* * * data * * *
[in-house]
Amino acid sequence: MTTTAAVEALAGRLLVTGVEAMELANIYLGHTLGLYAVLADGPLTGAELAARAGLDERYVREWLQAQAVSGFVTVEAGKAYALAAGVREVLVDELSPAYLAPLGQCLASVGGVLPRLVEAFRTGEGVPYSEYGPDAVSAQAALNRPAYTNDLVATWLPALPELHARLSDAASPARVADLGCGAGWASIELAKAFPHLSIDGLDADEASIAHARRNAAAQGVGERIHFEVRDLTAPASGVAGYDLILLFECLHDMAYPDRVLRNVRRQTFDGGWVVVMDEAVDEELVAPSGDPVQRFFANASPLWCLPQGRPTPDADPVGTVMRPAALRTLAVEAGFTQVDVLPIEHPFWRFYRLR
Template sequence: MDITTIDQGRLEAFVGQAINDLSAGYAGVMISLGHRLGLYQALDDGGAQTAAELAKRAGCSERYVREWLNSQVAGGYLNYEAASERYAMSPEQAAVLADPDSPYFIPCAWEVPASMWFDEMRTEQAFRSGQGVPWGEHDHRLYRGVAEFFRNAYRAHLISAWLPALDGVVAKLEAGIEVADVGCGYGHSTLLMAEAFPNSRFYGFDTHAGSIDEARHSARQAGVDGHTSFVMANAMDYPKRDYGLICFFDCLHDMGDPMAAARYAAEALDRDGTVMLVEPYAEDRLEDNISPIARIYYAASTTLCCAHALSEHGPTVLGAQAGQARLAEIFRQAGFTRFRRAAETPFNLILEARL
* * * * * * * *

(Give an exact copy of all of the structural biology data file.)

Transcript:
[in-house]
Amino acid sequence: MTTTAAVEALAGRLLVTGVEAMELANIYLGHTLGLYAVLADGPLTGAELAARAGLDERYVREWLQAQAVSGFVTVEAGKAYALAAGVREVLVDELSPAYLAPLGQCLASVGGVLPRLVEAFRTGEGVPYSEYGPDAVSAQAALNRPAYTNDLVATWLPALPELHARLSDAASPARVADLGCGAGWASIELAKAFPHLSIDGLDADEASIAHARRNAAAQGVGERIHFEVRDLTAPASGVAGYDLILLFECLHDMAYPDRVLRNVRRQTFDGGWVVVMDEAVDEELVAPSGDPVQRFFANASPLWCLPQGRPTPDADPVGTVMRPAALRTLAVEAGFTQVDVLPIEHPFWRFYRLR
Template sequence: MDITTIDQGRLEAFVGQAINDLSAGYAGVMISLGHRLGLYQALDDGGAQTAAELAKRAGCSERYVREWLNSQVAGGYLNYEAASERYAMSPEQAAVLADPDSPYFIPCAWEVPASMWFDEMRTEQAFRSGQGVPWGEHDHRLYRGVAEFFRNAYRAHLISAWLPALDGVVAKLEAGIEVADVGCGYGHSTLLMAEAFPNSRFYGFDTHAGSIDEARHSARQAGVDGHTSFVMANAMDYPKRDYGLICFFDCLHDMGDPMAAARYAAEALDRDGTVMLVEPYAEDRLEDNISPIARIYYAASTTLCCAHALSEHGPTVLGAQAGQARLAEIFRQAGFTRFRRAAETPFNLILEARL